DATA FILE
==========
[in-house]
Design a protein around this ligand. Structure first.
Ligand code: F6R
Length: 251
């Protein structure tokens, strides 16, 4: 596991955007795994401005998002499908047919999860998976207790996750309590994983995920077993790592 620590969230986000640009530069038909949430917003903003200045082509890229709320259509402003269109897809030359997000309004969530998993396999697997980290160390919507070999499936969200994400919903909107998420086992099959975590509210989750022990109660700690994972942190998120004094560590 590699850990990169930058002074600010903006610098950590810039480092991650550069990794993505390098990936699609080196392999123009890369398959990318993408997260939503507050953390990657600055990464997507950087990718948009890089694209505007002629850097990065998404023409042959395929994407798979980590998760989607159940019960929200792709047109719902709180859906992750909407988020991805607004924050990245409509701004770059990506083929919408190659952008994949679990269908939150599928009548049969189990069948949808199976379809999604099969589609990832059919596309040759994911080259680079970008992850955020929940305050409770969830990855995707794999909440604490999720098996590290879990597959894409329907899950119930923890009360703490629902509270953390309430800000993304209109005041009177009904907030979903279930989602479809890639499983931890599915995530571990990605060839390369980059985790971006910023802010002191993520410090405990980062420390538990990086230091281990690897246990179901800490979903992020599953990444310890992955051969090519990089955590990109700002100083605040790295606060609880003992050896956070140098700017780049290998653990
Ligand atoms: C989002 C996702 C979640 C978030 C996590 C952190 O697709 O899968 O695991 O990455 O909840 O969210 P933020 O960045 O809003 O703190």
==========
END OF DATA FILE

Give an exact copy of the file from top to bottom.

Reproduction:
[in-house]
Design a protein around this ligand. Structure first.
Ligand code: F6R
Length: 251
């Protein structure tokens, strides 16, 4: 596991955007795994401005998002499908047919999860998976207790996750309590994983995920077993790592 620590969230986000640009530069038909949430917003903003200045082509890229709320259509402003269109897809030359997000309004969530998993396999697997980290160390919507070999499936969200994400919903909107998420086992099959975590509210989750022990109660700690994972942190998120004094560590 590699850990990169930058002074600010903006610098950590810039480092991650550069990794993505390098990936699609080196392999123009890369398959990318993408997260939503507050953390990657600055990464997507950087990718948009890089694209505007002629850097990065998404023409042959395929994407798979980590998760989607159940019960929200792709047109719902709180859906992750909407988020991805607004924050990245409509701004770059990506083929919408190659952008994949679990269908939150599928009548049969189990069948949808199976379809999604099969589609990832059919596309040759994911080259680079970008992850955020929940305050409770969830990855995707794999909440604490999720098996590290879990597959894409329907899950119930923890009360703490629902509270953390309430800000993304209109005041009177009904907030979903279930989602479809890639499983931890599915995530571990990605060839390369980059985790971006910023802010002191993520410090405990980062420390538990990086230091281990690897246990179901800490979903992020599953990444310890992955051969090519990089955590990109700002100083605040790295606060609880003992050896956070140098700017780049290998653990
Ligand atoms: C989002 C996702 C979640 C978030 C996590 C952190 O697709 O899968 O695991 O990455 O909840 O969210 P933020 O960045 O809003 O703190």